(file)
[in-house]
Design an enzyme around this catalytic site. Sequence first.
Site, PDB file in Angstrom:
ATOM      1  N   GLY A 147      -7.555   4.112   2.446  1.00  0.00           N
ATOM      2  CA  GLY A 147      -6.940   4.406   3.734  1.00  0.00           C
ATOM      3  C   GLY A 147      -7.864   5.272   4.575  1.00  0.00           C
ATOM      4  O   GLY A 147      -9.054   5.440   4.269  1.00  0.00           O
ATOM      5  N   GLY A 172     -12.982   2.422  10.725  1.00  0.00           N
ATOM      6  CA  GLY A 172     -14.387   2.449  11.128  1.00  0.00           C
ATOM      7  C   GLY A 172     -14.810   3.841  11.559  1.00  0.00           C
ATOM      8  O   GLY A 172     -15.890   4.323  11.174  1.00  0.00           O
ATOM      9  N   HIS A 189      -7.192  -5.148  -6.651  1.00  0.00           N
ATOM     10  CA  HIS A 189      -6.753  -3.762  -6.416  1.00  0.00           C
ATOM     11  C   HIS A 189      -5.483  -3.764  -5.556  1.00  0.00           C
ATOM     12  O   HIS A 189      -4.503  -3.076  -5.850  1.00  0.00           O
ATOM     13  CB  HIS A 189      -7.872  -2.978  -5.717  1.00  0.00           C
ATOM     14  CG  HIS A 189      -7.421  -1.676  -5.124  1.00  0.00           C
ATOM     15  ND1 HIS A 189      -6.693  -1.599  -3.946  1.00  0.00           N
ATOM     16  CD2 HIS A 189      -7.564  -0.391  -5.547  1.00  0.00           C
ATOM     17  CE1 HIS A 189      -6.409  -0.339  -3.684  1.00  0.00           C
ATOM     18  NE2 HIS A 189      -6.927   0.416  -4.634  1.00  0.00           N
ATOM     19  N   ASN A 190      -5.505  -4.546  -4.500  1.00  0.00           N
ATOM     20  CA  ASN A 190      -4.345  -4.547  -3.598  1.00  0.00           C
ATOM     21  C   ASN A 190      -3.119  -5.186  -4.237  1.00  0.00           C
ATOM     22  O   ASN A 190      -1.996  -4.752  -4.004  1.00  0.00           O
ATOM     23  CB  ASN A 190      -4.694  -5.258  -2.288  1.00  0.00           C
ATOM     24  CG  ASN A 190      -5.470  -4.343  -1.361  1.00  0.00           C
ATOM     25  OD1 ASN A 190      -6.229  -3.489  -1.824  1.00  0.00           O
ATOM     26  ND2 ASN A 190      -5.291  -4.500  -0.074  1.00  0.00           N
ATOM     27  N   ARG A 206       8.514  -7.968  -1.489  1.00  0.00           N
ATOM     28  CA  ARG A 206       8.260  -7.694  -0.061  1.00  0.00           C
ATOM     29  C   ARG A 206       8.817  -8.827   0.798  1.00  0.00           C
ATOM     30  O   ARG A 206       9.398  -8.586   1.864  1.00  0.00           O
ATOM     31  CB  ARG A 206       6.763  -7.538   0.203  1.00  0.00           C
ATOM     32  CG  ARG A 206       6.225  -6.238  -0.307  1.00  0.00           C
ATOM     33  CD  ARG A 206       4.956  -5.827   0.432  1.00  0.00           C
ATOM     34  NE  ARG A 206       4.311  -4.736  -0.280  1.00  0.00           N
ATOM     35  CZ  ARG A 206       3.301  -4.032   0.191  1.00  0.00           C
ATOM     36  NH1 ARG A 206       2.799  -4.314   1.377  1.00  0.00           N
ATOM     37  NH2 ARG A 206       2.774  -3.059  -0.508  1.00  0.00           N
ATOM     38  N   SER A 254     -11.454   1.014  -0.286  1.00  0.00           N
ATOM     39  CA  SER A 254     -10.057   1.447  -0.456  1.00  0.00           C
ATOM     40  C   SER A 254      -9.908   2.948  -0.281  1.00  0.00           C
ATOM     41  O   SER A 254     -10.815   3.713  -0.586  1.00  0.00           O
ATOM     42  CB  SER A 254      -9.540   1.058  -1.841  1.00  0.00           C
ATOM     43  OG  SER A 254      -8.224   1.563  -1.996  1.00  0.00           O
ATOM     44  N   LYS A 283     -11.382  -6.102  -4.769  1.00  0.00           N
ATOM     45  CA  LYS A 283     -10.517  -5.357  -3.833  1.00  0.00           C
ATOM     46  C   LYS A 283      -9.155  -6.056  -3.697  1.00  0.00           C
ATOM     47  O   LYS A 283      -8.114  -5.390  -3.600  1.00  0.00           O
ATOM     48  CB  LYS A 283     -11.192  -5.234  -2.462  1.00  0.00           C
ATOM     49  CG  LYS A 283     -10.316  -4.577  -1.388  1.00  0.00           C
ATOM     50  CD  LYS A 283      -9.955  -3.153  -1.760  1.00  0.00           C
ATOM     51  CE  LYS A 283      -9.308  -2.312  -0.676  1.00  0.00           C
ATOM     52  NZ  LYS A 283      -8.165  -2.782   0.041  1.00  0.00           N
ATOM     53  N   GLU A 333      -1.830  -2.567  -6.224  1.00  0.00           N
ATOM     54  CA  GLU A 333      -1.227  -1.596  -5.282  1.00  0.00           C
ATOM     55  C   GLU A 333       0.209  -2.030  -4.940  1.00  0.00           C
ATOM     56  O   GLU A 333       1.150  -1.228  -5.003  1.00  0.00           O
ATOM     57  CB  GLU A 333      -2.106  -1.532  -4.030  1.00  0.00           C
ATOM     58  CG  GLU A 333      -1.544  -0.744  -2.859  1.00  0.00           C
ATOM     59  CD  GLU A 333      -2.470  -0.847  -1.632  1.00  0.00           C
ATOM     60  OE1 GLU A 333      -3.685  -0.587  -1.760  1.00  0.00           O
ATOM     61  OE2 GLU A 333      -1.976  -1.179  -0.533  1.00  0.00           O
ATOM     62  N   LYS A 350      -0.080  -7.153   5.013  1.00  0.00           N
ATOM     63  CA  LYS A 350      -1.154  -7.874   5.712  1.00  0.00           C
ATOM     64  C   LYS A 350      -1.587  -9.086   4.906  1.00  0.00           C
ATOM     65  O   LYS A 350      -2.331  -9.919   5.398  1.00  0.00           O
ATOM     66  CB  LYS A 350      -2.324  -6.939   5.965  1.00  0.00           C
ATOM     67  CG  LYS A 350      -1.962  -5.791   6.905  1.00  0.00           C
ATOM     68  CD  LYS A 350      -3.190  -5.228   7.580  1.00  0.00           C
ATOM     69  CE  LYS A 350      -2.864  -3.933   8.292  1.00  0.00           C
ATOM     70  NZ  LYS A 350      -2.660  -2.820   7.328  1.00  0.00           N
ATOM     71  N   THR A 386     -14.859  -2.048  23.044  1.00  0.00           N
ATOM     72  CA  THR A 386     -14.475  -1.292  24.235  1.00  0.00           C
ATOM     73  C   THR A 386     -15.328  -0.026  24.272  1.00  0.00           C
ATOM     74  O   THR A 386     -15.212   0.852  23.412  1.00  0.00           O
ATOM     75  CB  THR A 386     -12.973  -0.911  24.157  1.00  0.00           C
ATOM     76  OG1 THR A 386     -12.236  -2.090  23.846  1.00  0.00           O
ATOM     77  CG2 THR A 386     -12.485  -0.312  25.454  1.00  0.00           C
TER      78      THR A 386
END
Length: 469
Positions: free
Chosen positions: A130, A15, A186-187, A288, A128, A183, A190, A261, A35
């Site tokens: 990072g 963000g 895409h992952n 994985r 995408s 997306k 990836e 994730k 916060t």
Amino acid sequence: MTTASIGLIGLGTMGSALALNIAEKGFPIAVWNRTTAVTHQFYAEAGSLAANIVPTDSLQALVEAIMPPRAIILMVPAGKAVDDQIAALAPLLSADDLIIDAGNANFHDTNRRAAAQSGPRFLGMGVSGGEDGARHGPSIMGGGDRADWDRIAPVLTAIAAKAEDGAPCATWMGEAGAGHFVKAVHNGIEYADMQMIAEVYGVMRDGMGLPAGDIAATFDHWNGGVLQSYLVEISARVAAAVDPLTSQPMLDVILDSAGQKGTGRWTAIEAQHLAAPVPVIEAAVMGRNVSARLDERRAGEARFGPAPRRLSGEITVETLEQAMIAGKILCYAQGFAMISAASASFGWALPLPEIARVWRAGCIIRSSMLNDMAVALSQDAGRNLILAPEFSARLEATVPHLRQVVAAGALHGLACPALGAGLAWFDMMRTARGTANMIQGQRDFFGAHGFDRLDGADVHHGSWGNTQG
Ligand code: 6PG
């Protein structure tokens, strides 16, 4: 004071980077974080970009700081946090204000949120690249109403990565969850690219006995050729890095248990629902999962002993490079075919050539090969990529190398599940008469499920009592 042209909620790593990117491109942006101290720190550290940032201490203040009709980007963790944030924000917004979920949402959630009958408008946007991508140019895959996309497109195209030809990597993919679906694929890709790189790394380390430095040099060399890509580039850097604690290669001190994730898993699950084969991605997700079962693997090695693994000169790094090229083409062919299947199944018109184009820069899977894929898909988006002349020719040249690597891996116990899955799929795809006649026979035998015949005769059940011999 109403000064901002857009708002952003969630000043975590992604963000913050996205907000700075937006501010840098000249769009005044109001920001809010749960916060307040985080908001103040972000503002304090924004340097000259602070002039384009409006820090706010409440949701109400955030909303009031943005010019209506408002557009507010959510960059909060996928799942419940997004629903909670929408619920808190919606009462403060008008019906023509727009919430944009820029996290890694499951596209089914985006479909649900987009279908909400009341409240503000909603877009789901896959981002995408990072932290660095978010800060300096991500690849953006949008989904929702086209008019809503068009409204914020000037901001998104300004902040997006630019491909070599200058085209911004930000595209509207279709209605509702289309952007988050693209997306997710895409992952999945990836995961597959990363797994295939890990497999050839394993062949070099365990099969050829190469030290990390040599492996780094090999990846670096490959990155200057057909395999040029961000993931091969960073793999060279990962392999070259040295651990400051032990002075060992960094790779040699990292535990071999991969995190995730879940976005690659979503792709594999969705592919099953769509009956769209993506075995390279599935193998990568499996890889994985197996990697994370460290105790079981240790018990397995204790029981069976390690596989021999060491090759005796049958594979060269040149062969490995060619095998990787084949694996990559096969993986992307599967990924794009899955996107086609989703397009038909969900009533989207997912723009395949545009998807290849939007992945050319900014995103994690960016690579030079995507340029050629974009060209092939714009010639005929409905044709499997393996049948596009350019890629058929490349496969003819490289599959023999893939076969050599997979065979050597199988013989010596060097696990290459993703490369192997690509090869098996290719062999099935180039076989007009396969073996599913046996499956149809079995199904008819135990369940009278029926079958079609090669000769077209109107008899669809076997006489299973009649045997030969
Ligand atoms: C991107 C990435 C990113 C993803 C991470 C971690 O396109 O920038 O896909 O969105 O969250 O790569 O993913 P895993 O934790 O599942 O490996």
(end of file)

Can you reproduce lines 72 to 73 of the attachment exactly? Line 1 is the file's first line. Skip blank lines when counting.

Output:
ATOM     69  CE  LYS A 350      -2.864  -3.933   8.292  1.00  0.00           C
ATOM     70  NZ  LYS A 350      -2.660  -2.820   7.328  1.00  0.00           N